0
GUEST EDITORIAL

Special Issue OPEN ACCESS

[+] Author and Article Information
Faruk Civan

Mewbourne School of Petroleum and Geological Engineering, The University of Oklahoma, T301 Sarkeys Energy Center, 100 East Boyd Street, Norman, OK 73019fcivan@ou.edu

J. Energy Resour. Technol 127(3), 169-170 (Sep 01, 2005) (2 pages) doi:10.1115/1.2000275 History:
FIGURES IN THIS ARTICLE

Formation damage refers to the impairment of petroleum-bearing formations by various adverse phenomena occurring in a manner to reduce the recovery of oil and gas from petroleum reservoirs. Evaluation and mitigation of formation damage in petroleum reservoirs are among the issues of primary interest for the operators in order to accomplish the economically effective production strategies during the productive life of petroleum reservoirs and to maximize the ultimate oil and gas recovery. However, circumventing the formation damage problems is a highly challenging undertaking because the formation damage phenomena involve many inherently complex interaction processes between the operation conditions and configuration of wells, the reservoir and externally-introduced fluids and particulate matter, and the constituents and conditions of the petroleum-bearing formations. This special issue presents ten papers providing information on the recent advancements made in the experimental, theoretical, and field understanding of the practical formation damage issues and the optimal measures and strategies considered for controlling and minimizing the reservoir formation damage.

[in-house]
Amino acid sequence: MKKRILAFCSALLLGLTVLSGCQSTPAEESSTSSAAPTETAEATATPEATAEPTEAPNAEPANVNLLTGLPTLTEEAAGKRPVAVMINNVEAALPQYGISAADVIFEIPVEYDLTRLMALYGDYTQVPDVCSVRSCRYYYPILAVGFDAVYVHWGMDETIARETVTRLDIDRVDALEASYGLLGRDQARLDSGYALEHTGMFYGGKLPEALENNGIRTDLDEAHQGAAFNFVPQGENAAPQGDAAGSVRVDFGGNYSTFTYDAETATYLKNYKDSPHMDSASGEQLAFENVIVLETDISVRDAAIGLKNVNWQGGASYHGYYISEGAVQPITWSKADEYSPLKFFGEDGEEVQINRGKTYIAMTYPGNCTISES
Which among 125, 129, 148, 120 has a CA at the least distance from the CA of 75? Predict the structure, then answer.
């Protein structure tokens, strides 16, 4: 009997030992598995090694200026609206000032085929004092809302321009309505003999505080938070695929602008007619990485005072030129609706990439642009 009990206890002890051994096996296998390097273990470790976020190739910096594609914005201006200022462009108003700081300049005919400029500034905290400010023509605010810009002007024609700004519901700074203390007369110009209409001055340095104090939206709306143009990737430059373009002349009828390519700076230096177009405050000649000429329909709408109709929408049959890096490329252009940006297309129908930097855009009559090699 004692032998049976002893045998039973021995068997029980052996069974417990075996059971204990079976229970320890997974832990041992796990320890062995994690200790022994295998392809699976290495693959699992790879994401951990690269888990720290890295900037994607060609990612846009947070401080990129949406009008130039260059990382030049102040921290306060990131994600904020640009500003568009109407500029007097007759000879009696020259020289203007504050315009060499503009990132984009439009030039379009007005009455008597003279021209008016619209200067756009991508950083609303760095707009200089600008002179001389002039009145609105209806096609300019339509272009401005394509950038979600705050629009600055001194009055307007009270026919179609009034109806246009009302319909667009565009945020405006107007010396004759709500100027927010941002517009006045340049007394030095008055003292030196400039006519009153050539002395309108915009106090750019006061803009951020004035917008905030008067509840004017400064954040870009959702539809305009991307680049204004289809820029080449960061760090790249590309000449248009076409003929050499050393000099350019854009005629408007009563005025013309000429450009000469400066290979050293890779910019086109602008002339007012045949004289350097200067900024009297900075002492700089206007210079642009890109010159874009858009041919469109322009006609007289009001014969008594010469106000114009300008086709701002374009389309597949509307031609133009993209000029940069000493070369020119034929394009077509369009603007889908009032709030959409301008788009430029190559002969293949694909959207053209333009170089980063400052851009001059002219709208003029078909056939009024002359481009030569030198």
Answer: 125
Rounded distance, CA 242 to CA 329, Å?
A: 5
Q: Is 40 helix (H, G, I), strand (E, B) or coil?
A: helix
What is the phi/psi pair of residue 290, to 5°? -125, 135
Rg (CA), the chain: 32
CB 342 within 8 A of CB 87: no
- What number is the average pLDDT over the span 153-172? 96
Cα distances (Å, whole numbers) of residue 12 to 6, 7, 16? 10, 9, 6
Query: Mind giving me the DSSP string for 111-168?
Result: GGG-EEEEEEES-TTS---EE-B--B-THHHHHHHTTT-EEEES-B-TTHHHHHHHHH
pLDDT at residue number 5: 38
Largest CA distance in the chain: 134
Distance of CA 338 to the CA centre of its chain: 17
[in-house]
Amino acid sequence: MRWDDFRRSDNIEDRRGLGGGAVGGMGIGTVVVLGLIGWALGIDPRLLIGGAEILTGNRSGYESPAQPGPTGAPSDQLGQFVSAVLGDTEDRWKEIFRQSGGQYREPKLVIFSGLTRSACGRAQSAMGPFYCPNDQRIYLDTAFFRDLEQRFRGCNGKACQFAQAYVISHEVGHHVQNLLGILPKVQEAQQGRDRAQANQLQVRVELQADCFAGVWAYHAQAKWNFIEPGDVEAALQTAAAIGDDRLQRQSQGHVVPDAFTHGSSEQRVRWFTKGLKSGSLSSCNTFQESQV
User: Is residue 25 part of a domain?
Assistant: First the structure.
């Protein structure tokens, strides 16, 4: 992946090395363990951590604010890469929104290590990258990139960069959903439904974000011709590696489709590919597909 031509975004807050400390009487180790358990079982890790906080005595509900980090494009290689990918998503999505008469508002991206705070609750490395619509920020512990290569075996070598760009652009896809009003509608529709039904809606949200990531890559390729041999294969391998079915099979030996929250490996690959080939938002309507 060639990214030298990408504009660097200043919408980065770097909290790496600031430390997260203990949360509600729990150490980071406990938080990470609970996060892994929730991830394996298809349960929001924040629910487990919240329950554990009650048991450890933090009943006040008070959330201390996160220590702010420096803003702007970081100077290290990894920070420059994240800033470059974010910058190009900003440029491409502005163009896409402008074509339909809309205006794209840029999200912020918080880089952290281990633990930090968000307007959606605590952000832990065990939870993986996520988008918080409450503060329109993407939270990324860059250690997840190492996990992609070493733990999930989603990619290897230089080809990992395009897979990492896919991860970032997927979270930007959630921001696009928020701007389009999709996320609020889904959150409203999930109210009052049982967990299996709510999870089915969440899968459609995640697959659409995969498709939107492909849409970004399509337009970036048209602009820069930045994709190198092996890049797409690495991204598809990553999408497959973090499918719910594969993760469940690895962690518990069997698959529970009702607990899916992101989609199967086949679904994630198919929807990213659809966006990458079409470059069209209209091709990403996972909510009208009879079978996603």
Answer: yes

J. M. Schembre and A. R. Kovscek carry out laboratory core tests, apply the theory of colloidal stability, and demonstrate that high temperature, alkaline, and pH, and low salinity conditions induce fines mobilization and permeability reduction in Berea sandstones.

A. Hayatdavoudi explains that the water hammer phenomenon created during the various injection and production operations may cause the sand liquefaction and production. The pressure wave-induced acceleration of the sand particles is shown to be highly sensitive to the water level variation and/or water encroachment in unconsolidated sand formations.

K. J. Leontaritis presents a model for the near-well formation damage caused as a result of pore throat plugging by asphaltene particles during oil production. This model incorporates the thermodynamic-colloidal model of asphaltene in oil and an asphaltene phase behavior model for prediction of the asphaltene particle size distribution and its affect under the prevailing fluid conditions.

E. J. Mackay and M. M. Jordan describe the scaling potential and formation damage due to precipitation of inorganic scales during conventional waterflooding in deepwater regions associated with the offshore production environments. The various risk management strategies for effective scale control are reviewed by means of reservoir simulation.

H. A. Nasr-El-Din discusses the measures required to minimize and control the various formation damage problems caused by the common chemical treatment techniques originally designed to remove the particular formation damage problems.